Models of Personal Conversion in Russian cultural history of the 19thand 20thcenturies

Models of Personal Conversion in Russian cultural history of the 19thand 20thcenturies

Hardcover

$89.95

Product Details

ISBN-13: 9783034315968
Publisher: Peter Lang AG, Internationaler Verlag der Wissenschaften
Publication date: 08/01/2015
Series: Interdisciplinary Studies on Central and Eastern Europe Series , #12
Pages: 266
Product dimensions: 6.10(w) x 8.86(h) x (d)

About the Author

Jens Herlth is Professor of Slavic Literatures at the University of Fribourg (Switzerland).
Christian Zehnder is a Postdoctoral Researcher in Slavic Languages and Literatures at the University of Fribourg (Switzerland).

Table of Contents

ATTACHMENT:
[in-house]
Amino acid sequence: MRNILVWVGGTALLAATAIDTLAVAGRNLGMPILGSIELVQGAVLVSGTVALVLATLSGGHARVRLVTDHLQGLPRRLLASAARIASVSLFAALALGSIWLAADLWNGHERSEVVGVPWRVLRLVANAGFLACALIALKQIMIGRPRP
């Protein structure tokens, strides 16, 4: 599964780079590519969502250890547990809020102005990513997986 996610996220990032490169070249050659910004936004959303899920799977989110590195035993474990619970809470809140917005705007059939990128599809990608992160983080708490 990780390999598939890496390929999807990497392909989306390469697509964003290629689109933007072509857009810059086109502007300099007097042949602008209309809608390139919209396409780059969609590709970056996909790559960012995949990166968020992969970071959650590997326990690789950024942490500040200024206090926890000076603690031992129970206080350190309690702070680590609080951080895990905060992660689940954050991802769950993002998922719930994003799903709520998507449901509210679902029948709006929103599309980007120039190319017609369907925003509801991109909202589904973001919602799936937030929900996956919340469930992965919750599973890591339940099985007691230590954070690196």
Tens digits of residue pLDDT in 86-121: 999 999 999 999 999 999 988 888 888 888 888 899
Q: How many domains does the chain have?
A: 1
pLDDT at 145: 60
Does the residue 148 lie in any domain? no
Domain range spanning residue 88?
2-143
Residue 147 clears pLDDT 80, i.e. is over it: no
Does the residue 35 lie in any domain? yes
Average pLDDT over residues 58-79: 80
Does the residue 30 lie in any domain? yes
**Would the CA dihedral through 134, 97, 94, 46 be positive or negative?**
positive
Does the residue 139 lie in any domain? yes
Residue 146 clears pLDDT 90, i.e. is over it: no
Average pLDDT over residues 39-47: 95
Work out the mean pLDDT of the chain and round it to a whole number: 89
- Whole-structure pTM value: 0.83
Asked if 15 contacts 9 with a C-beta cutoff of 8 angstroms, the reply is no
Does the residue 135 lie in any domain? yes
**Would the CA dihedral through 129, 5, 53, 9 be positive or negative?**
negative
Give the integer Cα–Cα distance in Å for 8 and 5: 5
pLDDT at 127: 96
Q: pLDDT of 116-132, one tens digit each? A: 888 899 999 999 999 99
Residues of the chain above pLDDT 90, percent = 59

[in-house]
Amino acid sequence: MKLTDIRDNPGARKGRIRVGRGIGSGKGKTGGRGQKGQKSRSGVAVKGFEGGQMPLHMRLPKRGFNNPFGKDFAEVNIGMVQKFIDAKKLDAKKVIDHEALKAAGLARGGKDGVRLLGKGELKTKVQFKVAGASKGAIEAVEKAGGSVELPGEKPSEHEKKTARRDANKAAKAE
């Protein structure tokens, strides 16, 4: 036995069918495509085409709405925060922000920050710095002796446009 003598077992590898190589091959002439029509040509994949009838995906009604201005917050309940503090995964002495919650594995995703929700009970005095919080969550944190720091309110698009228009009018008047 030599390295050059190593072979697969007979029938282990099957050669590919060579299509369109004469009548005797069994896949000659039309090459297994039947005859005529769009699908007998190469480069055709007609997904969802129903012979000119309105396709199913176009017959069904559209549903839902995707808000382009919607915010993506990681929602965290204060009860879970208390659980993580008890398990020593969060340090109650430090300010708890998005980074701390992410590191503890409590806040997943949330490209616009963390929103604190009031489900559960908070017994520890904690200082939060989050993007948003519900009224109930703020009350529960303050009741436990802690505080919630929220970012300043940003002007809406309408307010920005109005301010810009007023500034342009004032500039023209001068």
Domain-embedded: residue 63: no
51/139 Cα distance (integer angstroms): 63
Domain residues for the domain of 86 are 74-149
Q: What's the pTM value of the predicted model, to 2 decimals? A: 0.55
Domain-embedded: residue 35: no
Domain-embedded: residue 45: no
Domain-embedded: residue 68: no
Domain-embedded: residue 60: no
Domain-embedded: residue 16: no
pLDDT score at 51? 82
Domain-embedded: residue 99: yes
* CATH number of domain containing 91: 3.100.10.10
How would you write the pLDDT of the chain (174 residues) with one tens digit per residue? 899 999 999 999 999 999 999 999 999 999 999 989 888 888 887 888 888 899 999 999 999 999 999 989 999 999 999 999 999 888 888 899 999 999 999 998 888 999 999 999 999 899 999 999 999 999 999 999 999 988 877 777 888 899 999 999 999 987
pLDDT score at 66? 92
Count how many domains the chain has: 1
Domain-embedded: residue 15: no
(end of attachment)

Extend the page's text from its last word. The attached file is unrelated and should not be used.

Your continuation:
Contents: Jens Herlth/Christian Zehnder: On Russian Conversions – Tomáš Glanc: Slavic Conversions – Alexey Vdovin: Between Schlegel and Baader: Stepan Shevyrev’s Conversionto Orthodox Literary Science in the European Cultural Context – Jens Herlth: «An upheaval was so necessary»: Authorial Conversion and the Literary Public in Nineteenth-Century Russia (Gogol, Tolstoy, Dostoevsky) – Anatoly Korchinsky/Oxana Zamolodsky: The Terrorist «Tigrych» versus the Monarchist Lev Tikhomirov: Why did Tikhomirov «Stop Being a Revolutionary»? – Irina Sirotkina: Conversion to Dionysianism: Tadeusz Zieliński and Heptachor – Regula M. Zwahlen: Sergei Bulgakov: The Potentiality of Conversion – Oleg Kling: Valerii Briusov’s Shift from Symbolism to Proletarian Culture – Bela Tsipuria: Cultural Conversion: From Modernism to Socialist Realism (Boris Pasternak and Titsian Tabidze) – Christian Zehnder: Conversion as Attitude in Pasternak – Josephine von Zitzewitz: Leonid Borodin’s Rasstavanie: Orthodoxy and the Moscow Intelligentsia in the 1970s – Milutin Janjić: The Place of the Religious-Philosophical Seminar # 37 in the Witnessing of the Orthodox Christian Conception of «Anthropos» in Soviet Society – Miriam Finkelstein: Our House Russia? Conversions from and to Judaism in Oleg Iur’ev’s Novel Poluostrov Zhidiatin – Ekaterina Orlova: «To Be Means to Communicate …» Tat’iana Bek’s Poetry: A Dialogue Between the Poet and God.

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